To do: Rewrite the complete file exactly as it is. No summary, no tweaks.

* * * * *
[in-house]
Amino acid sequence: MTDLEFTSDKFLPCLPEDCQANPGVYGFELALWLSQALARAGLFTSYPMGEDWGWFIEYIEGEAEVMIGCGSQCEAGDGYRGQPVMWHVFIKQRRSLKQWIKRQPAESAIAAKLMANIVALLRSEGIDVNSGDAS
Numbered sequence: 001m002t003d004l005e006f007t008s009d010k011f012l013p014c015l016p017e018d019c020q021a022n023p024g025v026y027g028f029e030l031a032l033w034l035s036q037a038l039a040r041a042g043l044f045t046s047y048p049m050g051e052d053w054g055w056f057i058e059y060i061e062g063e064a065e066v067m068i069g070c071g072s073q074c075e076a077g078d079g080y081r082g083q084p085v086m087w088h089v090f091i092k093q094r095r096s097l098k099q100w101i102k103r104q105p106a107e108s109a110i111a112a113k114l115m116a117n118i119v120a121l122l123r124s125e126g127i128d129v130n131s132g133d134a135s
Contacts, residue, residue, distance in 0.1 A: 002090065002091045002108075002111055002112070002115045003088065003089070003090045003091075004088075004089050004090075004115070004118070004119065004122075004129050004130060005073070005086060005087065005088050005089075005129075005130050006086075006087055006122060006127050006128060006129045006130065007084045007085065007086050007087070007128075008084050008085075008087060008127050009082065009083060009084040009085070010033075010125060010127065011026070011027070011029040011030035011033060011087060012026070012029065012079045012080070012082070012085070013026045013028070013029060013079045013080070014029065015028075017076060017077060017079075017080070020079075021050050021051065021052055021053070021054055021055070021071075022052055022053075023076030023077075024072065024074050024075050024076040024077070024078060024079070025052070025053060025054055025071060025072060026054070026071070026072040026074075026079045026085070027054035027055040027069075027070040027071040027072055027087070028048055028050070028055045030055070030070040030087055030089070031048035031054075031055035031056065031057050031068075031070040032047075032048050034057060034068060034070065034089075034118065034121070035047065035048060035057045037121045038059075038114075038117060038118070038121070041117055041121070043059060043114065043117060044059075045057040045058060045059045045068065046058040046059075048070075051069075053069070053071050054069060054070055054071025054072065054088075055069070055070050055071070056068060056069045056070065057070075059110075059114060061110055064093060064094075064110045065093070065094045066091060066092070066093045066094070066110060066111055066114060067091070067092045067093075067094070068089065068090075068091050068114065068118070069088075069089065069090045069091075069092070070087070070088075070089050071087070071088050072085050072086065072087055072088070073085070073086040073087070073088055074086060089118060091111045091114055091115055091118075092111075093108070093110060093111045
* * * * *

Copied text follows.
[in-house]
Amino acid sequence: MTDLEFTSDKFLPCLPEDCQANPGVYGFELALWLSQALARAGLFTSYPMGEDWGWFIEYIEGEAEVMIGCGSQCEAGDGYRGQPVMWHVFIKQRRSLKQWIKRQPAESAIAAKLMANIVALLRSEGIDVNSGDAS
Numbered sequence: 001m002t003d004l005e006f007t008s009d010k011f012l013p014c015l016p017e018d019c020q021a022n023p024g025v026y027g028f029e030l031a032l033w034l035s036q037a038l039a040r041a042g043l044f045t046s047y048p049m050g051e052d053w054g055w056f057i058e059y060i061e062g063e064a065e066v067m068i069g070c071g072s073q074c075e076a077g078d079g080y081r082g083q084p085v086m087w088h089v090f091i092k093q094r095r096s097l098k099q100w101i102k103r104q105p106a107e108s109a110i111a112a113k114l115m116a117n118i119v120a121l122l123r124s125e126g127i128d129v130n131s132g133d134a135s
Contacts, residue, residue, distance in 0.1 A: 002090065002091045002108075002111055002112070002115045003088065003089070003090045003091075004088075004089050004090075004115070004118070004119065004122075004129050004130060005073070005086060005087065005088050005089075005129075005130050006086075006087055006122060006127050006128060006129045006130065007084045007085065007086050007087070007128075008084050008085075008087060008127050009082065009083060009084040009085070010033075010125060010127065011026070011027070011029040011030035011033060011087060012026070012029065012079045012080070012082070012085070013026045013028070013029060013079045013080070014029065015028075017076060017077060017079075017080070020079075021050050021051065021052055021053070021054055021055070021071075022052055022053075023076030023077075024072065024074050024075050024076040024077070024078060024079070025052070025053060025054055025071060025072060026054070026071070026072040026074075026079045026085070027054035027055040027069075027070040027071040027072055027087070028048055028050070028055045030055070030070040030087055030089070031048035031054075031055035031056065031057050031068075031070040032047075032048050034057060034068060034070065034089075034118065034121070035047065035048060035057045037121045038059075038114075038117060038118070038121070041117055041121070043059060043114065043117060044059075045057040045058060045059045045068065046058040046059075048070075051069075053069070053071050054069060054070055054071025054072065054088075055069070055070050055071070056068060056069045056070065057070075059110075059114060061110055064093060064094075064110045065093070065094045066091060066092070066093045066094070066110060066111055066114060067091070067092045067093075067094070068089065068090075068091050068114065068118070069088075069089065069090045069091075069092070070087070070088075070089050071087070071088050072085050072086065072087055072088070073085070073086040073087070073088055074086060089118060091111045091114055091115055091118075092111075093108070093110060093111045